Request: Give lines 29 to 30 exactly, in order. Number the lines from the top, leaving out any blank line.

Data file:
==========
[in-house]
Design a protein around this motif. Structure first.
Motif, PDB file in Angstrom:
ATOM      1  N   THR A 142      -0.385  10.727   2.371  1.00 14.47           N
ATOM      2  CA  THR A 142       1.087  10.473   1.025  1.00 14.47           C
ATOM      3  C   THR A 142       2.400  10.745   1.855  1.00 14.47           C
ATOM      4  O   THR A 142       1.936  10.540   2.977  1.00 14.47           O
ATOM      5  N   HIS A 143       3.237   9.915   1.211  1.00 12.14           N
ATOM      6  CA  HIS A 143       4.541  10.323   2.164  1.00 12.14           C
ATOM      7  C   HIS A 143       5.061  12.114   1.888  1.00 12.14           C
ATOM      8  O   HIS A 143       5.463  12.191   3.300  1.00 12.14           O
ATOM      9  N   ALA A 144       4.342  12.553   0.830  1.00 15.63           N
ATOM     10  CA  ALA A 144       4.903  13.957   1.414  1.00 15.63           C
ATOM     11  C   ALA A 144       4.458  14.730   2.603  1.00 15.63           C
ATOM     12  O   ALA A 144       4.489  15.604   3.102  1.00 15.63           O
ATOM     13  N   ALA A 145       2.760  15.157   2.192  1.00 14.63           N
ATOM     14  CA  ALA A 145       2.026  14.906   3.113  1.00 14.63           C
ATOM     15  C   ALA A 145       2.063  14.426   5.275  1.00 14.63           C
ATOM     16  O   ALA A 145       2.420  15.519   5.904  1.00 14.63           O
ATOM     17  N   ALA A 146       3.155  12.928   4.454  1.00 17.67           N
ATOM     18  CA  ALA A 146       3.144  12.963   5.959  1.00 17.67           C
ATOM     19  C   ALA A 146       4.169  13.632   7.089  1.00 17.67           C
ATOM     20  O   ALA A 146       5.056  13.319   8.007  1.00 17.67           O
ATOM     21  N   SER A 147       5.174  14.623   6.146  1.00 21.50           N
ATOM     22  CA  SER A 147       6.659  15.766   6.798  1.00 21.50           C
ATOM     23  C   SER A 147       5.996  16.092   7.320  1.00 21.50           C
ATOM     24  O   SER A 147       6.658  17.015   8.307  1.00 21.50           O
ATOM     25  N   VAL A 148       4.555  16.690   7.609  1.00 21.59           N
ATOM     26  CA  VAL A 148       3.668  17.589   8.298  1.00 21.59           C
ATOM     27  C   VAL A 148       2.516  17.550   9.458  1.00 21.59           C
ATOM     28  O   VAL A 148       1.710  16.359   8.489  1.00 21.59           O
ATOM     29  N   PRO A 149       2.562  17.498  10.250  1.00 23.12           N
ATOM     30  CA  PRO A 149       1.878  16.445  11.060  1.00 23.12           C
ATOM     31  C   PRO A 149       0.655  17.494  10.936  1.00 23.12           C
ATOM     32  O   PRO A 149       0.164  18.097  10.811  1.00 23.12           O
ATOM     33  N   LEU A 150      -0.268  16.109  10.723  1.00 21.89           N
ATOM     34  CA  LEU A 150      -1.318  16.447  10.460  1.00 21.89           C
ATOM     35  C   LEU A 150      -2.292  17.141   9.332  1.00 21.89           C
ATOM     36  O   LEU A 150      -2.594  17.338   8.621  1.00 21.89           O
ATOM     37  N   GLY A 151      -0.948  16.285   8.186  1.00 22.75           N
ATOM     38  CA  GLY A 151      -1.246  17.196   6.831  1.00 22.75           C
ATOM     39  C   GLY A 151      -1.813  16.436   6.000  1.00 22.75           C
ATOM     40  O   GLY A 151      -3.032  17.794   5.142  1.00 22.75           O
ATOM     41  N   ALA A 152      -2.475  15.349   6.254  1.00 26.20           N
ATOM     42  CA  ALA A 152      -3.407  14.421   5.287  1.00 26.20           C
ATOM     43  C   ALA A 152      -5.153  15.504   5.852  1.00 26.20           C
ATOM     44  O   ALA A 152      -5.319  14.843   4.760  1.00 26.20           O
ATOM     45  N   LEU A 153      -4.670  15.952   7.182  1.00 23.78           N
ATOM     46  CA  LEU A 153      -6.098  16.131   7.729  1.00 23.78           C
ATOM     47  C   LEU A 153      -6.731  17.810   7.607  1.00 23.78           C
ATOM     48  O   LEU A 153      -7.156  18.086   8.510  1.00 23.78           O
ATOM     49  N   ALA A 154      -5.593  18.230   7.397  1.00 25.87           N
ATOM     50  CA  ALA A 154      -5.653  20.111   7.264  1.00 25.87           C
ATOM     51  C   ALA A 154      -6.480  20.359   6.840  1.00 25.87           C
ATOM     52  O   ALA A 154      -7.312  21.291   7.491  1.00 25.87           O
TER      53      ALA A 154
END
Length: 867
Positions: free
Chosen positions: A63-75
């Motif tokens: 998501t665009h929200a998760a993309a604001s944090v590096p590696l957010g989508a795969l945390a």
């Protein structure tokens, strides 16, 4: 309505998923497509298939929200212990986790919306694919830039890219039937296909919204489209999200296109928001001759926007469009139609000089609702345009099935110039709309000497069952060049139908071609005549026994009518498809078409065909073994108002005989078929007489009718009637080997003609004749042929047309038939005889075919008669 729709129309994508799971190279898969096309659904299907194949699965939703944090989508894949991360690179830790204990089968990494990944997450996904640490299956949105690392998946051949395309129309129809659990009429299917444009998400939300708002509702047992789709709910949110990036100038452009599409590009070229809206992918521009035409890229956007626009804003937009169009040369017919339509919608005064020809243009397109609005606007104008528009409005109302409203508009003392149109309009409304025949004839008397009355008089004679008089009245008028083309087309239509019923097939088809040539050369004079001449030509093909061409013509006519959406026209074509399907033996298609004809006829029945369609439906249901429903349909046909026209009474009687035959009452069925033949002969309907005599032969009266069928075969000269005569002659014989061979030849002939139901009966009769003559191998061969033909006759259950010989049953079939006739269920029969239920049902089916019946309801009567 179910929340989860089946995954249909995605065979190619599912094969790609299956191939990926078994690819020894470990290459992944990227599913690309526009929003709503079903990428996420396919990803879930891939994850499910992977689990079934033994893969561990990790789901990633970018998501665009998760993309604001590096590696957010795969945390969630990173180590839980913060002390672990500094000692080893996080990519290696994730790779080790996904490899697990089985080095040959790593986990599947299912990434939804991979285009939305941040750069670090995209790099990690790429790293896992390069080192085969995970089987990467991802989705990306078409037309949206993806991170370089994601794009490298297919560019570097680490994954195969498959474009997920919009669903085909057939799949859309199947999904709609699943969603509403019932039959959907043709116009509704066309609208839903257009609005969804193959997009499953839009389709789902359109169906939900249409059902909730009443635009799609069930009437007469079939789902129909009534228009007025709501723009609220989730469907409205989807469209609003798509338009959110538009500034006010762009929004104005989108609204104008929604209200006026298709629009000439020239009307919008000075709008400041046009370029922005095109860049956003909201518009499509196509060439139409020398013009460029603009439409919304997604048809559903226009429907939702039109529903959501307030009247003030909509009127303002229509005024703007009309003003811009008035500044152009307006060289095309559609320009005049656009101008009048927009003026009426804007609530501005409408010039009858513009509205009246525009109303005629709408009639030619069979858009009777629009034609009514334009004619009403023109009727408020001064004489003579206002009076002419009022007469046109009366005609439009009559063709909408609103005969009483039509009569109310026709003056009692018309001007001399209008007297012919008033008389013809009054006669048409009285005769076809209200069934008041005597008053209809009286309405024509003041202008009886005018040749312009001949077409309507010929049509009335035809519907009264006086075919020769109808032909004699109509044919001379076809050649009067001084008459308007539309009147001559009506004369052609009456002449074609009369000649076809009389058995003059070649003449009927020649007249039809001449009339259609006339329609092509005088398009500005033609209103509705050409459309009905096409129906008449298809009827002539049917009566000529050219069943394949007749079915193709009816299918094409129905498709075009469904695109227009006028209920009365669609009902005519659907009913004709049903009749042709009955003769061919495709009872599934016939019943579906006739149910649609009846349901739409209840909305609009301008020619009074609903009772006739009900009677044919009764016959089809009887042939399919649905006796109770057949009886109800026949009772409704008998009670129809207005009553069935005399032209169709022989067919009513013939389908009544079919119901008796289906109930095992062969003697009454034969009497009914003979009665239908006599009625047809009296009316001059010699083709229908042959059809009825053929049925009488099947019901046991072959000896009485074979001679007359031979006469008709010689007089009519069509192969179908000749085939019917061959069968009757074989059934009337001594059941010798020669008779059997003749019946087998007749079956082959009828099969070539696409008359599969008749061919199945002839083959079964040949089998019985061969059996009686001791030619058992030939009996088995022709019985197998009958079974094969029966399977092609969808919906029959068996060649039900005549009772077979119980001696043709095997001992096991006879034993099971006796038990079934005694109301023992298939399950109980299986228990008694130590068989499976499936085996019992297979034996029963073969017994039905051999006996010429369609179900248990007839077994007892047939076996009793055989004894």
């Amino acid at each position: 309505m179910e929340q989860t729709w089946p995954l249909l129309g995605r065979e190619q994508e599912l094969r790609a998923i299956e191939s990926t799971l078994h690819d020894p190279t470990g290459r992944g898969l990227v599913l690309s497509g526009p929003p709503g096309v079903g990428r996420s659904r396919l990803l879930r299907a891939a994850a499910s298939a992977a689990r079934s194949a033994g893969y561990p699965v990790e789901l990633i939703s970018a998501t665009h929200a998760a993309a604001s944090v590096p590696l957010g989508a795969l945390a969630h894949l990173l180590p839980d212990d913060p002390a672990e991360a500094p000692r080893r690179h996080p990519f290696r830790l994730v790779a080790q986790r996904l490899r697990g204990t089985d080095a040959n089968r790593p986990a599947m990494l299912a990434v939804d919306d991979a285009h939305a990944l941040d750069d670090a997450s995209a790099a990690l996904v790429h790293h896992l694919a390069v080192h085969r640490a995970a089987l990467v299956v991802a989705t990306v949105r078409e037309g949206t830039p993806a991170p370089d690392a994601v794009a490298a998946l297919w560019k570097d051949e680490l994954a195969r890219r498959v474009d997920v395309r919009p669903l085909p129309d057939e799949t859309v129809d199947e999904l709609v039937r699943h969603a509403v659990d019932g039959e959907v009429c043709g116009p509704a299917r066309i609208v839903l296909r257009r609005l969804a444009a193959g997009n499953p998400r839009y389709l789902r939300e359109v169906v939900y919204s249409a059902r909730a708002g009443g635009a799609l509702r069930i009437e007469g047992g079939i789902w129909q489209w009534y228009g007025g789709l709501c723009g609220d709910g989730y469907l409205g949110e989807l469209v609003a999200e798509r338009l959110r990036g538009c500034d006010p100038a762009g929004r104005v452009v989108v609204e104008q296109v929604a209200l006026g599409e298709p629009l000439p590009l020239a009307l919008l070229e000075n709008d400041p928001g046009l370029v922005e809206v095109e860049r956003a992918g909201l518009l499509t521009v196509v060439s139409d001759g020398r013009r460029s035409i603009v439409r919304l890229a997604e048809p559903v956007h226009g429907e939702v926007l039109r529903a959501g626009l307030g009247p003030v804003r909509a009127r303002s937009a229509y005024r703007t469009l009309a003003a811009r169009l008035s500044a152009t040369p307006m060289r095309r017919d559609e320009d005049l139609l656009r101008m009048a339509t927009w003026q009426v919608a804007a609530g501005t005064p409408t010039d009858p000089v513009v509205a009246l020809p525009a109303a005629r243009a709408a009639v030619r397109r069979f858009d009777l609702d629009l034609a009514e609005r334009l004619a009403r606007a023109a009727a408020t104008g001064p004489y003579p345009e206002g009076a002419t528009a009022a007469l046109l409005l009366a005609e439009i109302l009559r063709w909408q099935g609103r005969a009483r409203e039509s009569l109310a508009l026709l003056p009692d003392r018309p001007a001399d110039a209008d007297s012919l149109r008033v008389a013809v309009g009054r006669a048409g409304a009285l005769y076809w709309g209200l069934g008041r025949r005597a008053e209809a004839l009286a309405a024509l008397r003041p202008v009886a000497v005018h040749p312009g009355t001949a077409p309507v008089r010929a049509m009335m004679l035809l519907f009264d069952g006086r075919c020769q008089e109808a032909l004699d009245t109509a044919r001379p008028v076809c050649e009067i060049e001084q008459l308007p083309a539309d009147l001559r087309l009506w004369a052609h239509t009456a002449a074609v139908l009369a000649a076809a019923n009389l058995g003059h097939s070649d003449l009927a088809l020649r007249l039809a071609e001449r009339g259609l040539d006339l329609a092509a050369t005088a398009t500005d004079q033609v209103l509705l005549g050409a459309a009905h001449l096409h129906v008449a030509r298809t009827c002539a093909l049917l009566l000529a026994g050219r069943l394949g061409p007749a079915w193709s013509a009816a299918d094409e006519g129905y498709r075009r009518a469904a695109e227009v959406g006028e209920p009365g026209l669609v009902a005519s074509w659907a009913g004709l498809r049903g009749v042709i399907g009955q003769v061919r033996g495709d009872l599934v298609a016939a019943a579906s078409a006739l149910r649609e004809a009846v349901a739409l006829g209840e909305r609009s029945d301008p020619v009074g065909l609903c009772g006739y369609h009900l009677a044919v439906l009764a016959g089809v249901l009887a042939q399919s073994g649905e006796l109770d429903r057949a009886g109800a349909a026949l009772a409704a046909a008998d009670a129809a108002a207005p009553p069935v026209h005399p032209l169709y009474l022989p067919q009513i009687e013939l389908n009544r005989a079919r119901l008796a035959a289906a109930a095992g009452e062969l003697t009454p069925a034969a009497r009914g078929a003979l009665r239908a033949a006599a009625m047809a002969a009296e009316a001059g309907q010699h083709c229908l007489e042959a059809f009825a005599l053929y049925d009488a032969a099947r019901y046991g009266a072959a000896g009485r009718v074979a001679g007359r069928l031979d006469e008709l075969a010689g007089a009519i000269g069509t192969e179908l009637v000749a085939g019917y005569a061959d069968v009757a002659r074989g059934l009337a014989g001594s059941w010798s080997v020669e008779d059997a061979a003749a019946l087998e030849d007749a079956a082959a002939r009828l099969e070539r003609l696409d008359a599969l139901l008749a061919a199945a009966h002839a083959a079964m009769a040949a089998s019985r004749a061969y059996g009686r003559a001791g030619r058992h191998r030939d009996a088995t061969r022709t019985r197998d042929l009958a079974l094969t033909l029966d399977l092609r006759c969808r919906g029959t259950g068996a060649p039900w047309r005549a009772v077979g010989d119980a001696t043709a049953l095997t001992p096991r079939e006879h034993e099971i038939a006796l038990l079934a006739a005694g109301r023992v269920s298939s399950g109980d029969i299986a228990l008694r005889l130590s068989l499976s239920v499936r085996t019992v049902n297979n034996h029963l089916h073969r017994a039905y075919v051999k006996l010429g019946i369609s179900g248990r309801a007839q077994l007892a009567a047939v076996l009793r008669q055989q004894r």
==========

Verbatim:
ATOM     26  CA  VAL A 148       3.668  17.589   8.298  1.00 21.59           C
ATOM     27  C   VAL A 148       2.516  17.550   9.458  1.00 21.59           C